Don't 'do CRM' to your firm by Totum's guest writer
Firms often implement CRM systems to ‘initiate’ change in the way they manage client relationships, hoping that the new software alone will pump out new work. Before ‘doing CRM’ to the firm, it’s worth taking a step back to determine whether the firm’s culture is ready or even willing!
Change requires a concerted effort to break or evolve a longstanding habit – people must see that the ‘pain’ of maintaining a habit is greater than trying the new one. And it’s the same for using new technology. Simply rolling out a piece of CRM technology is unlikely to make a difference in the way you manage clients. A ‘case for change’ needs to be something people relate to and understand.
Your starting point
Formulating a case for change requires honest introspection about ‘how things are done’ as well as where you want to go. Vigorously questioning how your firm co-ordinates client interactions, how well you listen to clients, how you collaborate internally, and so on, goes a long way to understanding the inherent client-focused culture in the firm. It’s important to realistically judge the firm’s genuine readiness for a new system before investing time and money in it.
Jaguar developed a firm-wide change programme to guarantee world class performance in its production systems. This included a strategic vision, process re-design and a comprehensive change and engagement strategy. The successful progamme, which has been running now for years, has resulted in a transformation of the company and has re-established Jaguar as a premium vehicle manufacturer.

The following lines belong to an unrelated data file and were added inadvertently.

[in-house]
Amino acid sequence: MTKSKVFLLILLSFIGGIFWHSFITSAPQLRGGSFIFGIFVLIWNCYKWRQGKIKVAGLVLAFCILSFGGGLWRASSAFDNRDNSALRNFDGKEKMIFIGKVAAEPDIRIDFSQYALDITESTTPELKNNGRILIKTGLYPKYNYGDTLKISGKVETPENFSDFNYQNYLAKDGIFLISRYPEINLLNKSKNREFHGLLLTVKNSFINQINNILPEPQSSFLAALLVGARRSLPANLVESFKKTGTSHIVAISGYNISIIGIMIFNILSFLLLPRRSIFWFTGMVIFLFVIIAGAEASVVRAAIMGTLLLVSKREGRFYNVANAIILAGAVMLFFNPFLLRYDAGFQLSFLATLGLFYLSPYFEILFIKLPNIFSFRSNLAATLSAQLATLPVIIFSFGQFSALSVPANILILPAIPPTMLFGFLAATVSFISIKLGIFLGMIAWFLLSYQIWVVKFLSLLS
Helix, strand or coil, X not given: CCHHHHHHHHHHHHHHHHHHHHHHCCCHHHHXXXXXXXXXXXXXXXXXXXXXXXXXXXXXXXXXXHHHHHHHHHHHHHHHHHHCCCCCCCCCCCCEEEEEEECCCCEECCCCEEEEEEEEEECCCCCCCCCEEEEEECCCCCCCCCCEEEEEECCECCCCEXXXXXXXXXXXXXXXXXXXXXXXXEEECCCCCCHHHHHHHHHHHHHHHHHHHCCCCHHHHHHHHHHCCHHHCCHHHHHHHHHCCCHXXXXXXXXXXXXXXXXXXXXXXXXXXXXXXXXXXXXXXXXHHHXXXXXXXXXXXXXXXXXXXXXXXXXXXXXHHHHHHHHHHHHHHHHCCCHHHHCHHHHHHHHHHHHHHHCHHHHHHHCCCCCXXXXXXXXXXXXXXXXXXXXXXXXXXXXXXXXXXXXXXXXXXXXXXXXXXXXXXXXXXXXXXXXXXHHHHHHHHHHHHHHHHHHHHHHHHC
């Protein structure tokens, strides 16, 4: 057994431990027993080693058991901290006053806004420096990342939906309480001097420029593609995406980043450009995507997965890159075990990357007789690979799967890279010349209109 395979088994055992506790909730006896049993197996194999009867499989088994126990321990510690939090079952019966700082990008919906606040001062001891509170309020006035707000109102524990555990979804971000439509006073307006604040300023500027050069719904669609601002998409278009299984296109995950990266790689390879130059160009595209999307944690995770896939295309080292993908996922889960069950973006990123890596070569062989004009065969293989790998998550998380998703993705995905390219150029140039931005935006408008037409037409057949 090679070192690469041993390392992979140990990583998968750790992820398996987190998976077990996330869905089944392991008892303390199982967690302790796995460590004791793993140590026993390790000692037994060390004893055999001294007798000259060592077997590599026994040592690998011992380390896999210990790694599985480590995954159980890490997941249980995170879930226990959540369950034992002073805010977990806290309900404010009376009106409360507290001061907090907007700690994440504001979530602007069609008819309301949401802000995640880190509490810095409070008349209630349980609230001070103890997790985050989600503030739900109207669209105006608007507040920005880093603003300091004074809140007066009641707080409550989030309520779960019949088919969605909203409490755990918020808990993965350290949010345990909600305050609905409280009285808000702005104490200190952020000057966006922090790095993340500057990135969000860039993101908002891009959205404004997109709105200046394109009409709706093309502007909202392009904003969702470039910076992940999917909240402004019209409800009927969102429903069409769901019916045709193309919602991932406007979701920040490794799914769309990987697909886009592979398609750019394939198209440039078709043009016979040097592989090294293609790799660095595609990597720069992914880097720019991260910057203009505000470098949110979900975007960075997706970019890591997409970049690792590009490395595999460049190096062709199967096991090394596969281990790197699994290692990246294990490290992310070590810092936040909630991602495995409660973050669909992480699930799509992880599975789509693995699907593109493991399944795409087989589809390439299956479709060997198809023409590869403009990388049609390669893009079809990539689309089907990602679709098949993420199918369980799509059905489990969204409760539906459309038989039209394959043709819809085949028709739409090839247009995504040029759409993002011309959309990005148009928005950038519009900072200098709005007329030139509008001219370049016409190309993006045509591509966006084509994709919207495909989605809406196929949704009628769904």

Your CRM implementation may not have such high objectives, but positioning your CRM to help ‘connect the firm internally’, understand the sectors clients operate in or enable the firm to present the organisation in a joined-up manner to clients, will motivate people more – as opposed to stating that in six months all the firm’s 100,000 contacts will be in the CRM system.
A firm-wide initiative
Additionally, most change initiatives are successful if there is senior management buy-in and active support – from designated individuals who are passionate about the endeavour and are personally invested in the project. Again, this has to be linked to a firm-wide vision to change and tie the project to business objectives. Frequently, marketing teams are tasked solely with leading such CRM-driven programmes. Sadly the projects hardly ever reach their full potential as they are too big to do alone. CRM implementation is a firm-wide initiative, not just the responsibility of the marketing department.
But, leadership cannot simply bulldoze change through the organisation and hope that a few emails and presentations will do the trick. Establishing a CRM steering committee that is made up of a broad spectrum of the firm’s stakeholders can help identify what will and won't work (culturally and technically) as well as to effectively engage and communicate the 'what, why and how' to all levels of personnel in the firm. Making users feel that the changes are 'for them’ as opposed to being done 'to them' is key.
CRM adoption needs engagement with all levels of a firm – from secretaries to associates, office reception to the heads of practice. It is imperative to respect people’s views and to take their objections, if any, on the chin. The project leader and team needs to be visibly engaging and listening via informal coffee stops, impromptu face-to-face/one-to-one meetings to drive the ‘case for change.’ Also, it’s worth noting that a CRM implementation is never complete. It requires continual and critical review to meet the constantly evolving needs of a firm.
People’s habits and behaviours don’t change instantly due to official adoption of CRM/technology. Anecdotal evidence suggests that firms that have driven CRM-related, business-orientated change from the users’ perspective, are the ones who have been successful.